At least four well known NHL goalies may be changing teams when the 2020-21 season begins. We will cover who they are and what the chances are that they will stay put, or move on to another team.
NHL Goalies Fate for the 2020-21 Season
Where Will These Goalies Play Next Season?
This well-qualified netminder has been bouncing around the league lately. Robin Lehner has played for four different teams over the course of the last three seasons. The likelihood of him staying with his latest team, the Vegas Golden Knights seems remote at best. With the Sin-City team obligated to pay Marc-Andre Fleury $7 million over the next two seasons, they would need to make some roster adjustments to overcome a shortfall of cap space to accomplish that.
It gets worse if the salary cap remains at its present $81.5 million ceiling or even decreases below that. They would only have a little over $8 million to sign all of their free-agent players.
Paying Lehner a contract over the $5 million he was earning when they acquired him looks to be quite a trick to get done. Vegas has four other unrestricted free agents and two restricted free agents to consider.
Over his past two seasons, Lehner has really picked up his game which will allow him to pick and choose where he wants to play next season. His best year was with the New York Islanders where he went 43-25-13 with a .930 save percentage and a stellar 2.13 goals-against-average.
While staying in Vegas would really solidify their one-two punch in net, it seems that Lehner may be headed somewhere else. Sorry, Vegas you come up with snake eyes on this one.
It seems that the Washington Capitals and Braden Holtby may be parting ways. He is currently earning $6.1 million and there’s a really up-and-coming rookie goalie by the name of Ilya Samsonov ready to take his place. The Capitals also have Pheonix Copley, who was the backup goalie the previous two years sitting in the AHL. He is signed for two more years at a cap hit of $1.1 million per season. The team could save a lot of space by going with Samsonov and Copley next year.
Holtby has really decreased his value with his less than admirable play this season. He has a good 25-14-6 record only because he is on a good team. His other statistics show that he has to regain his old game. He has a .897 save percentage which is horrid at best. His 3.11 goals-against-average is nothing to brag about either.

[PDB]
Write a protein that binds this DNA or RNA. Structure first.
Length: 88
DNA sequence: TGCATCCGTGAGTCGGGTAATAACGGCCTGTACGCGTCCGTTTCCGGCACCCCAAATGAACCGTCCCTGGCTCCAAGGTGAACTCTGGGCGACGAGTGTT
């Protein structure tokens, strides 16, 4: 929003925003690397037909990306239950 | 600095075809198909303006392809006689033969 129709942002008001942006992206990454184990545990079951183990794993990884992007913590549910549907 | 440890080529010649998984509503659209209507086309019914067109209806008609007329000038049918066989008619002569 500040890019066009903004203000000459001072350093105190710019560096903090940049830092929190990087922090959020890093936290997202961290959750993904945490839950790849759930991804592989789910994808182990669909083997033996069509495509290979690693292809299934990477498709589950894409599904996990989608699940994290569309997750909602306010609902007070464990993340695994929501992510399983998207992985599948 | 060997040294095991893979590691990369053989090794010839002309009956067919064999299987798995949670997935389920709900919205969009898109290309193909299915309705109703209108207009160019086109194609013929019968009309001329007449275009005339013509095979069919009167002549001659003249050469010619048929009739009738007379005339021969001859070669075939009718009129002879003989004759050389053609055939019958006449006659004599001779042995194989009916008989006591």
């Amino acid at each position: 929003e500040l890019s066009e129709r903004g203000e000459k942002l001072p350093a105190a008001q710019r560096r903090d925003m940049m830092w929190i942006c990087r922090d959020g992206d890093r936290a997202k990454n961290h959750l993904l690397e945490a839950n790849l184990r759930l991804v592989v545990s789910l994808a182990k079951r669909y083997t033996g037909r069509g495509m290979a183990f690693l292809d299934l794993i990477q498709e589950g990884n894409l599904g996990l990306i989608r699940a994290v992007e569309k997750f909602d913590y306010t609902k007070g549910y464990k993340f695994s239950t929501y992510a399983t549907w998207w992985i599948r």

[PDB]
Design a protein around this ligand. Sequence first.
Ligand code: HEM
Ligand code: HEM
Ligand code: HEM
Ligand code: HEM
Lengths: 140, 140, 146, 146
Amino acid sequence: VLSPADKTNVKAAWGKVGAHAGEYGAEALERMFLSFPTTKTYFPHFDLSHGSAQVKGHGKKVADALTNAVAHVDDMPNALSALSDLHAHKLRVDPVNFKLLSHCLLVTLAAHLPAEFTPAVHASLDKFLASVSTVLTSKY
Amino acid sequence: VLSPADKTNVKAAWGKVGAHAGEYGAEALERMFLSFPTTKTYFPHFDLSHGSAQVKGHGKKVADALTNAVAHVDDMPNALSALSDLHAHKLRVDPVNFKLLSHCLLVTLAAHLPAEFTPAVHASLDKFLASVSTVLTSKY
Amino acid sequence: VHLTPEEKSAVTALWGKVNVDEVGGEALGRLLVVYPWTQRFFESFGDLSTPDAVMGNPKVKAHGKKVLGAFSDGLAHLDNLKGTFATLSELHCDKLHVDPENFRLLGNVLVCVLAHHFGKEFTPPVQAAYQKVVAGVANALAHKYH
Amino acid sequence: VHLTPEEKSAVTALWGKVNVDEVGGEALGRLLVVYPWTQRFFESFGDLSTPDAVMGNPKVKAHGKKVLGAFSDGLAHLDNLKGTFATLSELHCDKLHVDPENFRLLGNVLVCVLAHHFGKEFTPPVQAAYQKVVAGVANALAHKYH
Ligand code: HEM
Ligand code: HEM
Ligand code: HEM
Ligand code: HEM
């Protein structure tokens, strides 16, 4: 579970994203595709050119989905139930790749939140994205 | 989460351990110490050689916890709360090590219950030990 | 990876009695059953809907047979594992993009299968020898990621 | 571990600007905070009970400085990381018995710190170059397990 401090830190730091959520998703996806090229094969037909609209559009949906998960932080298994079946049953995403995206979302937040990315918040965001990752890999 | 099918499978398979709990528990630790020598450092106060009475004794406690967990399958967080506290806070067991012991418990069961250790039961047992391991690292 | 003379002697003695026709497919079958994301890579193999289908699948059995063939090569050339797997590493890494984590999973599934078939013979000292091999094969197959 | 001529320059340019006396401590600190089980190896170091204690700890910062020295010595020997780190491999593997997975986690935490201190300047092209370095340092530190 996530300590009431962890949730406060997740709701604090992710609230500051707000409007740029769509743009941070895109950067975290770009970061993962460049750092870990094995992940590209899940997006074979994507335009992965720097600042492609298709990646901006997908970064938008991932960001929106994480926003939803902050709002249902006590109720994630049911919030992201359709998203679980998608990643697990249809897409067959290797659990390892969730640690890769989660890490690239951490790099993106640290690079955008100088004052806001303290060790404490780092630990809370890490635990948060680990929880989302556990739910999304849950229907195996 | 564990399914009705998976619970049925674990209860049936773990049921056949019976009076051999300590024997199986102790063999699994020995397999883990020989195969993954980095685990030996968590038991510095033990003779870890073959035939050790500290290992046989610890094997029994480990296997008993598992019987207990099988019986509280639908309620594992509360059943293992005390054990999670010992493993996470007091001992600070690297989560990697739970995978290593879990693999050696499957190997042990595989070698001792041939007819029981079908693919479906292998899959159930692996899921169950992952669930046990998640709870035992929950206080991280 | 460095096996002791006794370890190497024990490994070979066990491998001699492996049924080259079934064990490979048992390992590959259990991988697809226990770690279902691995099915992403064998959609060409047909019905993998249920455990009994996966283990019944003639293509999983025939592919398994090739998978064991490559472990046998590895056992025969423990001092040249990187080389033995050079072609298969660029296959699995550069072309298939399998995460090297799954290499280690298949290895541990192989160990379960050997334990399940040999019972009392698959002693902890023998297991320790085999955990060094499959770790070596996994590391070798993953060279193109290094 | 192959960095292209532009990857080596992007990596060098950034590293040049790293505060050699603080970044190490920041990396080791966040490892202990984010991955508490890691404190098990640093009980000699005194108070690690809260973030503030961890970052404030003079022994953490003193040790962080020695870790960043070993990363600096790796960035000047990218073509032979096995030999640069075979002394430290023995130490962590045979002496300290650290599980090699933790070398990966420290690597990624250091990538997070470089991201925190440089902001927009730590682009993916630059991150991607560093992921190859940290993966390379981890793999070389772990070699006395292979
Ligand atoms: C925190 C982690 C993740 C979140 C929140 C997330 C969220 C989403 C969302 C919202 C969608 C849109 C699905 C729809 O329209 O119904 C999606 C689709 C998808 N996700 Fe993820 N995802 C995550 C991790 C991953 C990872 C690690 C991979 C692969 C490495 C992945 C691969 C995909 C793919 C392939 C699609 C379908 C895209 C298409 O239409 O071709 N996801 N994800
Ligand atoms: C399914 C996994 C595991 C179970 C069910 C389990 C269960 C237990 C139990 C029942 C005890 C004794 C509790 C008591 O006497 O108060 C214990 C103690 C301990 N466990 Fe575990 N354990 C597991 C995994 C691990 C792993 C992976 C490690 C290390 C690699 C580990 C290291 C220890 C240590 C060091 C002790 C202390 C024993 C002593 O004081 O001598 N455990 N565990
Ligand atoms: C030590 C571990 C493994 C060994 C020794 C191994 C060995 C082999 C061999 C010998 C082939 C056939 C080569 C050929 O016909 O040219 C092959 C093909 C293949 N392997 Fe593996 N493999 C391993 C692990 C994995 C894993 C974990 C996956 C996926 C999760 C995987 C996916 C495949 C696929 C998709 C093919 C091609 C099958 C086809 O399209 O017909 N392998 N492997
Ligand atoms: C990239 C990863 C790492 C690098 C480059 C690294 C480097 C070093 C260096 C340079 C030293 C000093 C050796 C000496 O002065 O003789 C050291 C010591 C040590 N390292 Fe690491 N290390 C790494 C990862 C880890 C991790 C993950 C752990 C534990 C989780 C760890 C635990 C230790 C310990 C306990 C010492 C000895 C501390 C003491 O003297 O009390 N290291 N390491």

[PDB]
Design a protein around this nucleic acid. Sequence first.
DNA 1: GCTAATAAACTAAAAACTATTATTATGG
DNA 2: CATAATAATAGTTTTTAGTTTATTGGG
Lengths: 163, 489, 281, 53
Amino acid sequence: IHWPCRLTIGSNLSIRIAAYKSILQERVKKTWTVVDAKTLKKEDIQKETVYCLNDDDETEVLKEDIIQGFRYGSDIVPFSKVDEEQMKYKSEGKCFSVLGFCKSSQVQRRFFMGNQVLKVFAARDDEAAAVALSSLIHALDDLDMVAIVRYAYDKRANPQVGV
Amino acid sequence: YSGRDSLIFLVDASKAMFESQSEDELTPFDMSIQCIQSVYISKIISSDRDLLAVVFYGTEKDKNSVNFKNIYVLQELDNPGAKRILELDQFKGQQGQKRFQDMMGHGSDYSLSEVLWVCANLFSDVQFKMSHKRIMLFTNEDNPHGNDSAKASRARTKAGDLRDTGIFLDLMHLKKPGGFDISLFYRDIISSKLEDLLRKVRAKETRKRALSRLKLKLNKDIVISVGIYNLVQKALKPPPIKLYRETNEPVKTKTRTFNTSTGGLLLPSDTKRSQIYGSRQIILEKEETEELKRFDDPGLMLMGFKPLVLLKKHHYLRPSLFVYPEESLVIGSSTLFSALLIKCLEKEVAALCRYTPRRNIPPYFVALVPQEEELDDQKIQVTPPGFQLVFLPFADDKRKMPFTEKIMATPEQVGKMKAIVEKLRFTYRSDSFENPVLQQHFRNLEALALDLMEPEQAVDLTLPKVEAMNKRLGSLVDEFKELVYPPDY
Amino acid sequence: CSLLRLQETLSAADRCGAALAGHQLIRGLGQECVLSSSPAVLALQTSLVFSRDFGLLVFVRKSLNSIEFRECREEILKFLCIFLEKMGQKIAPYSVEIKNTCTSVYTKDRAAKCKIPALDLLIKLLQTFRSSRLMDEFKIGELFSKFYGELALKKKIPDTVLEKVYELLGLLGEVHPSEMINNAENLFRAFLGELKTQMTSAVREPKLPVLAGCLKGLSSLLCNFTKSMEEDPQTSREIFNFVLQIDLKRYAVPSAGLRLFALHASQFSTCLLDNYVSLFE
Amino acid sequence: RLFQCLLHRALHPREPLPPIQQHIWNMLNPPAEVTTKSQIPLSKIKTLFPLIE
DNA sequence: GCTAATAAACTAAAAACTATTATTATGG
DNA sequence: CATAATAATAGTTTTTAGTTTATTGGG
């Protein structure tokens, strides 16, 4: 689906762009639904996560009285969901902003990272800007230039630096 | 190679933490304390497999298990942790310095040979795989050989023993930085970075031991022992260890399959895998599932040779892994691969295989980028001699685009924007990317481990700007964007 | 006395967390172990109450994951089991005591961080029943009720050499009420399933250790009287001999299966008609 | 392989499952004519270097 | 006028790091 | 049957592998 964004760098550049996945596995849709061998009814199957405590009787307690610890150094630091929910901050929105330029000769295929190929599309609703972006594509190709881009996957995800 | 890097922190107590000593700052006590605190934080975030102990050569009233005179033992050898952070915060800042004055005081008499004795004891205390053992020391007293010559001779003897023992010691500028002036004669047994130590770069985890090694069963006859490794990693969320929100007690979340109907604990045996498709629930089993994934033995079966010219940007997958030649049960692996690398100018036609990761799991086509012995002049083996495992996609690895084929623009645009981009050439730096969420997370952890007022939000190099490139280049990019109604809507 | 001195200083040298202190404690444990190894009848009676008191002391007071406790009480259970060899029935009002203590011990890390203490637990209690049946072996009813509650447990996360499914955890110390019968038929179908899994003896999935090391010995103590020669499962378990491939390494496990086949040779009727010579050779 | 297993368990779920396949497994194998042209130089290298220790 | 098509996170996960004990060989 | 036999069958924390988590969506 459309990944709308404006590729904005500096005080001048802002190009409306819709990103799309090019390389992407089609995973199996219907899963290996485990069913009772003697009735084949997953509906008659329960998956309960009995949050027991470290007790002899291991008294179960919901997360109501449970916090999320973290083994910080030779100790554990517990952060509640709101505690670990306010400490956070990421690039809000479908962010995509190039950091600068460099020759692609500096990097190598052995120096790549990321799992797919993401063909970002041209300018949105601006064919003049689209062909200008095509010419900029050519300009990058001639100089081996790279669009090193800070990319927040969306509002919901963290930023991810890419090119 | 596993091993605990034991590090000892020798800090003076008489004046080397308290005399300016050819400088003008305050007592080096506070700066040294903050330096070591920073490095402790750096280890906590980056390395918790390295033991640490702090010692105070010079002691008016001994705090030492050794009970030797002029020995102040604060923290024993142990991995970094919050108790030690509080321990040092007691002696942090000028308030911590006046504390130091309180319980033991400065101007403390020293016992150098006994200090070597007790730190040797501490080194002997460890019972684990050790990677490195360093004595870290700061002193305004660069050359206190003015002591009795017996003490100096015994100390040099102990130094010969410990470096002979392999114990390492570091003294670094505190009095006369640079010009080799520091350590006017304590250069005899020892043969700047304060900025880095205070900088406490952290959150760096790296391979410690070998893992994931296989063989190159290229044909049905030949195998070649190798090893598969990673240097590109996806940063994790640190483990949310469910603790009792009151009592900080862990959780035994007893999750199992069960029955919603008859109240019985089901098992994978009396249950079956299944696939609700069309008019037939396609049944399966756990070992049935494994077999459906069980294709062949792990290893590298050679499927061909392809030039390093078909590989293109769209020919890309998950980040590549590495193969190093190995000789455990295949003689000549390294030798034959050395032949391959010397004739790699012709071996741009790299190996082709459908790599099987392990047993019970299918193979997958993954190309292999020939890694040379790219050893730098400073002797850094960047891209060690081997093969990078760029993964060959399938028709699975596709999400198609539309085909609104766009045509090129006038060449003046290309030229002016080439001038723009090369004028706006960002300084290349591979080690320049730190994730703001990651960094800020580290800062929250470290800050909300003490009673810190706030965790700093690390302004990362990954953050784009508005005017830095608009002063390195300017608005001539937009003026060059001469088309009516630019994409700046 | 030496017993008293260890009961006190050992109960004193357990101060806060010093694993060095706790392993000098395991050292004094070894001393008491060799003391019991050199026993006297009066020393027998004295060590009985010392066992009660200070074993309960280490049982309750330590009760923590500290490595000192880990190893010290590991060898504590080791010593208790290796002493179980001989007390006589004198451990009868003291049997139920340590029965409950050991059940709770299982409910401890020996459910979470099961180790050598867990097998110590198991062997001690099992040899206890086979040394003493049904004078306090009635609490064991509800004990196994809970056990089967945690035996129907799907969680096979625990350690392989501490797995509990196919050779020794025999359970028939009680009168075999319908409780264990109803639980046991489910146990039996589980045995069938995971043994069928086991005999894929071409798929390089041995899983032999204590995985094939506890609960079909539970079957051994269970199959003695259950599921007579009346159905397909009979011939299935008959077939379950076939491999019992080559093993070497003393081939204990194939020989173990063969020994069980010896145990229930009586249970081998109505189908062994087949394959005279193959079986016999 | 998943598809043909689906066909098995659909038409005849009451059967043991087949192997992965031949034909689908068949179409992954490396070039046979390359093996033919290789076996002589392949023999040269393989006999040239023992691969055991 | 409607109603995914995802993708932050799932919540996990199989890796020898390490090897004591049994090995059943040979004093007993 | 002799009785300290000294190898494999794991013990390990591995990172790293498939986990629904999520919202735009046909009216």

It seems the stars are aligning for Holtby’s exit, especially when you consider how well Samsonov is playing. Holtby would be a really expensive backup.
So, where would Holtby land? If Jacob Markstrom were to leave the Vancouver Canucks, Holtby could attempt to redeem his game there. Of course, he may need to take a pay-cut since the Canucks are currently paying Markstrom $3.67 million to be their starter, and also have Thatcher Demko knocking on the door.
We all know that when the Chicago Blackhawks traded Lehner, they had to realise that an ageing Corey Crawford may not fill the net the way they would want. They really need a younger goalie, and Jacob Markstrom may fill that bill. With a Markstrom/Crawford tandem in net, the Chicago team may be able to shake some of its issues keeping pucks out of their net.
Markstrom’s three-year $11 million contract is expiring at the conclusion of the season (whenever that may be). He may want to test the market and Chicago may be ready to make a deal to lure him to the Windy-City.
It would be a good move for Chicago. They still don’t know how reliable Crawford’s health will be going forward.
King Henry’s reign may be coming to an end. At 38-years-old, all good things must come to an end. His record this season displays his deterioration of the level of play we’ve seen from him for years. He has gone just 10-12-3, with a 3.66 goals-against-average and a .905 save percentage. Compared to his lifetime NHL stats of 459-310-96 with a 2.43 goals-against-average and .918 save percentage, the writing is on the wall.
Henrik Lundqvist has another season after this one with an $8.5 million cap hit and it seems the competition for the job is catching up to him. With two younger prospects getting more ice time, Lundqvist could see his contract bought out, although that would cost $7 million over two seasons. The Rangers could also try to trade Lundqvist, even if they have to retain salary. Alexandar Georgiev has played well and so has Igor Shesterkin, the apparent heir to King Henry’s throne. Shesterkin has had an impressive 10-2-0 record and a 2.52 goals-against-average with an even more eye-opening .932 save percentage. Georgiev will need a new contract coming off of his entry-level deal at this season’s end.
It would be sad to see such a class act netminder go to the wayside. He really doesn’t seem interested in playing elsewhere and has a no movement clause in his contract. He is a New York Rangers 15-year veteran.
There will be some movement for NHL goalies for the 2020-21 season. Teams will be deciding what to do about their all imperative goalie position as the next season approaches. Possibilities are endless, but the one that may be certain is that Lehner will be moving elsewhere… again. It’s quite obvious he will want to settle down somewhere and save on moving expenses.